Is it time to move beyond Google Analytics?

Monitoring performance through analytics is one of the most essential activities for maintaining a successful business. It allows you to see what’s going wrong with your operation, what’s working, and how to form solutions to your problems.

Google Analytics is a useful tool for that reason, and is currently the most widely used web analytics service on the internet. It can be used to track website activity such as session duration and conversions.

However, Google Analytics has its limitations ecommerce integration platform which other business intelligence tools built specifically with ecommerce in mind exceed.

We’ve spoken to our Head of BI, Alastair Sneddon, about where Google Analytics falls short and when companies should consider upgrading.

What are the benefits of Google Analytics?

Despite its limitations, Google Analytics does have a range of features which makes it valuable to companies at initial stages of growth.

It’s free, to start. If you’re a small business just starting out you can draw a good deal of conclusions from the data revealed by Google Analytics, all without spending extra resources on dedicated software.

You can also integrate it with Google Ads, allowing you to easily review marketing campaigns and evaluate metrics related to landing pages, conversion rates, and leads.

Overall, it’s a great all-round tool to start off with. There’s some useful, comprehensive features and it’s easy to use for beginners.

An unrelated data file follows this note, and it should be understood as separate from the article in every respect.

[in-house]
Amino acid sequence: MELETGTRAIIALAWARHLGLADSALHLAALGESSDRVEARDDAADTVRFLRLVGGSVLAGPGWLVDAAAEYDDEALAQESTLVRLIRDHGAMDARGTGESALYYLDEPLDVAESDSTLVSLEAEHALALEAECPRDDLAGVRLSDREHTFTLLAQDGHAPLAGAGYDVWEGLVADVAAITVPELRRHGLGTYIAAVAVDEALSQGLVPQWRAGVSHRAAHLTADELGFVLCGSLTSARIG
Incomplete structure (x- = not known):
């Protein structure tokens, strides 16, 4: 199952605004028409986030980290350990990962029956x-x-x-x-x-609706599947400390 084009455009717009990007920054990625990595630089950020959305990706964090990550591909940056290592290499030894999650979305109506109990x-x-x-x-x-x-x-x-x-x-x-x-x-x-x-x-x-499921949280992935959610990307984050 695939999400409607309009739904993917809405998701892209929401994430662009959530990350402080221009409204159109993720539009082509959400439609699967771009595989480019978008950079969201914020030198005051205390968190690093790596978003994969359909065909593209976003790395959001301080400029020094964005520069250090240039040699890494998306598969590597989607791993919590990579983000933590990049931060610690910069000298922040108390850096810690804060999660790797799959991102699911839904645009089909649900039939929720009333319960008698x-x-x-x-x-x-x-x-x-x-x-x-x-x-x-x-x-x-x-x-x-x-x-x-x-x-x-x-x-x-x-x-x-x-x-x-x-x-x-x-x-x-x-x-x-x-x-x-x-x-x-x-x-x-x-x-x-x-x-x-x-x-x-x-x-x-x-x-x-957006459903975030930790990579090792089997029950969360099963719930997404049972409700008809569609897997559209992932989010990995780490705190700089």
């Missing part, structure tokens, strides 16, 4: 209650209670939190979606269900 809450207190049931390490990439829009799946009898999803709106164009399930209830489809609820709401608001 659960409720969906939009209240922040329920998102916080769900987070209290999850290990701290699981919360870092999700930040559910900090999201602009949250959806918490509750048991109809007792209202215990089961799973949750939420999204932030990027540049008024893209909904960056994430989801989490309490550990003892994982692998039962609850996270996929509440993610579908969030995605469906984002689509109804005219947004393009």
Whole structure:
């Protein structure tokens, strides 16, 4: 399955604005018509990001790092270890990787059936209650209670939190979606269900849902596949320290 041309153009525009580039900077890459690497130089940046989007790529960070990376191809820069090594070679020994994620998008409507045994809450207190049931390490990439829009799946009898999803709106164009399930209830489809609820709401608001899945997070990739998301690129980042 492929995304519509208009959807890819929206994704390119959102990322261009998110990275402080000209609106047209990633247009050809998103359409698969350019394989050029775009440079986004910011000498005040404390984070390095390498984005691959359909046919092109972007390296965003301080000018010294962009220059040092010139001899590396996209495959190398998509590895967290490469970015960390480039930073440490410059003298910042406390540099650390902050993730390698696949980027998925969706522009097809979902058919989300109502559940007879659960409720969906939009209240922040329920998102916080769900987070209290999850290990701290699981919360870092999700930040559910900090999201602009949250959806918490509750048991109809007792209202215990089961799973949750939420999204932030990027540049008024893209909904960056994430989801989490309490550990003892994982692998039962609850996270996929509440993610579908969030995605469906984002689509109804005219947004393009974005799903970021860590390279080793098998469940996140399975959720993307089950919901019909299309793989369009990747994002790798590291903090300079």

What are the drawbacks?

As your business grows in scale, you’ll eventually reach a point where relying on beginner tools like Google Analytics will begin to show its flaws.

While it’s a great starter tool for business analytics, it’s not a platform which allows for a full view of your entire enterprise. It only covers data related to your website – but there’s a myriad of components which make up a business which also need to be monitored and tracked.

For example, it can’t look at data from essential processes such as your WMS, ERP, or 3PL – which means if you’re only using Google Analytics to view your business, you’ll have a huge blind spot.

It also has accuracy issues. Session times are logged based on how long a user spends on a page before clicking to the next one – but that recorded time presumes a website visitor will even click to another page. If they visit and spend time on the website, but don’t click on another page, that person’s session time is logged as zero seconds.

Finally, Google Analytics uses cookies to track its users. But with GDPR laws, users must be given the option to turn off cookies, which means some visitors won’t even be tracked. As we move into a cookie-less world, the question becomes: how will Google adapt to track website traffic?

How does Patchworks BI fill the gaps?

If you want a business analytics tool which covers your entire enterprise, you’ll need to invest in a software service which meets your needs.

Our platform,   offers solutions to the shortcomings of Google Analytics as well as dozens of additional features.

One main benefit is its cross platform capabilities. Patchworks BI is integrated with all of your business processes, such as your WMS or ERP, allowing you to see data covering your entire operation.

And while Google Analytics presents data in a singular format, leaving you to create reports based on that, Patchworks BI shows information in context. For example, trends in transactional sales and conversions are automatically measured against each other and a report is generated based on that, allowing you to form quicker conclusions.

Another unique feature is the way Patchworks BI tracks social media activity. We show data from across all of your used social platforms, using the same metrics. That means you can see, say, your Facebook spending and the return on investment (ROI) against your spending and ROI on Twitter.

Patchworks BI also takes data directly from the API of a website, providing a more accurate perspective – whereas you’re only getting Google’s view of the data with their analytics platform.

Making the move